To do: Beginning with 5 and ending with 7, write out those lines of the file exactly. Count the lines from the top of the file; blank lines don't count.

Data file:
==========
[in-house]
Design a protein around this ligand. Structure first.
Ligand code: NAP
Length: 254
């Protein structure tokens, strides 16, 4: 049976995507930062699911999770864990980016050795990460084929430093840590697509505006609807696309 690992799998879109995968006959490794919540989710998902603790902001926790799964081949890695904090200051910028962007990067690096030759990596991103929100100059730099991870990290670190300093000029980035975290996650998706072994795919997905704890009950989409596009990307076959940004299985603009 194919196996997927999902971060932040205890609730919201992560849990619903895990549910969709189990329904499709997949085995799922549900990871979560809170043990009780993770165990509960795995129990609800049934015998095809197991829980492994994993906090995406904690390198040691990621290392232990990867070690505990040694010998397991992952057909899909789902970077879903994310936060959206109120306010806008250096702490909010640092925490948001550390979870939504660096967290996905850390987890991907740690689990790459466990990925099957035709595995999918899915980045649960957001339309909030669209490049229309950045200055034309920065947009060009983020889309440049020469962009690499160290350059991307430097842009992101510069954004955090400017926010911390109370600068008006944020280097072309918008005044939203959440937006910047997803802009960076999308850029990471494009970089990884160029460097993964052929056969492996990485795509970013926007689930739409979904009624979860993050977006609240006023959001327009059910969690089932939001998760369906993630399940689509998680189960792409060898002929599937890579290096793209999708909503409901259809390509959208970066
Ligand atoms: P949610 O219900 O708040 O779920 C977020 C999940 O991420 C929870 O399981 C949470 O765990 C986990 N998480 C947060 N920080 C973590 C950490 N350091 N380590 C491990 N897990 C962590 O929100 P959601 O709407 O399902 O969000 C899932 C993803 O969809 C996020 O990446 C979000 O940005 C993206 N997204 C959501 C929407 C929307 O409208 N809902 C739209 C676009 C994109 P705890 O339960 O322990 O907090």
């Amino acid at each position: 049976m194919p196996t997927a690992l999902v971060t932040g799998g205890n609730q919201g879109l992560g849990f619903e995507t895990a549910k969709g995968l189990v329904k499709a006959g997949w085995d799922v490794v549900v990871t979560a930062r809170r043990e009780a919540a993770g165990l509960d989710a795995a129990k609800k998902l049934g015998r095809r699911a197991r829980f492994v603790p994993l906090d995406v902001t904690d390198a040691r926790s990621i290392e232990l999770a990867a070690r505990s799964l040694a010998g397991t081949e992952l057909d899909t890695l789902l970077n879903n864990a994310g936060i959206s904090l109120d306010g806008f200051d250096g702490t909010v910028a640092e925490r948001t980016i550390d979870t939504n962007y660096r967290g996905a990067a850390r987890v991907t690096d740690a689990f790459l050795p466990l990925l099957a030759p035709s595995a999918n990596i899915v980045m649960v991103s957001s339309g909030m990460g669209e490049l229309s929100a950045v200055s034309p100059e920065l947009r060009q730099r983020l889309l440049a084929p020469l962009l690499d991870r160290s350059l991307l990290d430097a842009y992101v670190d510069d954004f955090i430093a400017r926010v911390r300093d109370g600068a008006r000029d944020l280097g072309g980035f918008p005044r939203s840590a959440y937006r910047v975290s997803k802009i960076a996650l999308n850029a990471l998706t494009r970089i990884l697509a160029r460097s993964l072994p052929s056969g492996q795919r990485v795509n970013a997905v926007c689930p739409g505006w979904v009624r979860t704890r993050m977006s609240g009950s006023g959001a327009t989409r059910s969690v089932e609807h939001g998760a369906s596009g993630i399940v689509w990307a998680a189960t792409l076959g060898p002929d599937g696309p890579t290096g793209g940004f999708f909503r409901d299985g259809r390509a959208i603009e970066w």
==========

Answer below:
């Protein structure tokens, strides 16, 4: 049976995507930062699911999770864990980016050795990460084929430093840590697509505006609807696309 690992799998879109995968006959490794919540989710998902603790902001926790799964081949890695904090200051910028962007990067690096030759990596991103929100100059730099991870990290670190300093000029980035975290996650998706072994795919997905704890009950989409596009990307076959940004299985603009 194919196996997927999902971060932040205890609730919201992560849990619903895990549910969709189990329904499709997949085995799922549900990871979560809170043990009780993770165990509960795995129990609800049934015998095809197991829980492994994993906090995406904690390198040691990621290392232990990867070690505990040694010998397991992952057909899909789902970077879903994310936060959206109120306010806008250096702490909010640092925490948001550390979870939504660096967290996905850390987890991907740690689990790459466990990925099957035709595995999918899915980045649960957001339309909030669209490049229309950045200055034309920065947009060009983020889309440049020469962009690499160290350059991307430097842009992101510069954004955090400017926010911390109370600068008006944020280097072309918008005044939203959440937006910047997803802009960076999308850029990471494009970089990884160029460097993964052929056969492996990485795509970013926007689930739409979904009624979860993050977006609240006023959001327009059910969690089932939001998760369906993630399940689509998680189960792409060898002929599937890579290096793209999708909503409901259809390509959208970066
Ligand atoms: P949610 O219900 O708040 O779920 C977020 C999940 O991420 C929870 O399981 C949470 O765990 C986990 N998480 C947060 N920080 C973590 C950490 N350091 N380590 C491990 N897990 C962590 O929100 P959601 O709407 O399902 O969000 C899932 C993803 O969809 C996020 O990446 C979000 O940005 C993206 N997204 C959501 C929407 C929307 O409208 N809902 C739209 C676009 C994109 P705890 O339960 O322990 O907090």
């Amino acid at each position: 049976m194919p196996t997927a690992l999902v971060t932040g799998g205890n609730q919201g879109l992560g849990f619903e995507t895990a549910k969709g995968l189990v329904k499709a006959g997949w085995d799922v490794v549900v990871t979560a930062r809170r043990e009780a919540a993770g165990l509960d989710a795995a129990k609800k998902l049934g015998r095809r699911a197991r829980f492994v603790p994993l906090d995406v902001t904690d390198a040691r926790s990621i290392e232990l999770a990867a070690r505990s799964l040694a010998g397991t081949e992952l057909d899909t890695l789902l970077n879903n864990a994310g936060i959206s904090l109120d306010g806008f200051d250096g702490t909010v910028a640092e925490r948001t980016i550390d979870t939504n962007y660096r967290g996905a990067a850390r987890v991907t690096d740690a689990f790459l050795p466990l990925l099957a030759p035709s595995a999918n990596i899915v980045m649960v991103s957001s339309g909030m990460g669209e490049l229309s929100a950045v200055s034309p100059e920065l947009r060009q730099r983020l889309l440049a084929p020469l962009l690499d991870r160290s350059l991307l990290d430097a842009y992101v670190d510069d954004f955090i430093a400017r926010v911390r300093d109370g600068a008006r000029d944020l280097g072309g980035f918008p005044r939203s840590a959440y937006r910047v975290s997803k802009i960076a996650l999308n850029a990471l998706t494009r970089i990884l697509a160029r460097s993964l072994p052929s056969g492996q795919r990485v795509n970013a997905v926007c689930p739409g505006w979904v009624r979860t704890r993050m977006s609240g009950s006023g959001a327009t989409r059910s969690v089932e609807h939001g998760a369906s596009g993630i399940v689509w990307a998680a189960t792409l076959g060898p002929d599937g696309p890579t290096g793209g940004f999708f909503r409901d299985g259809r390509a959208i603009e970066w």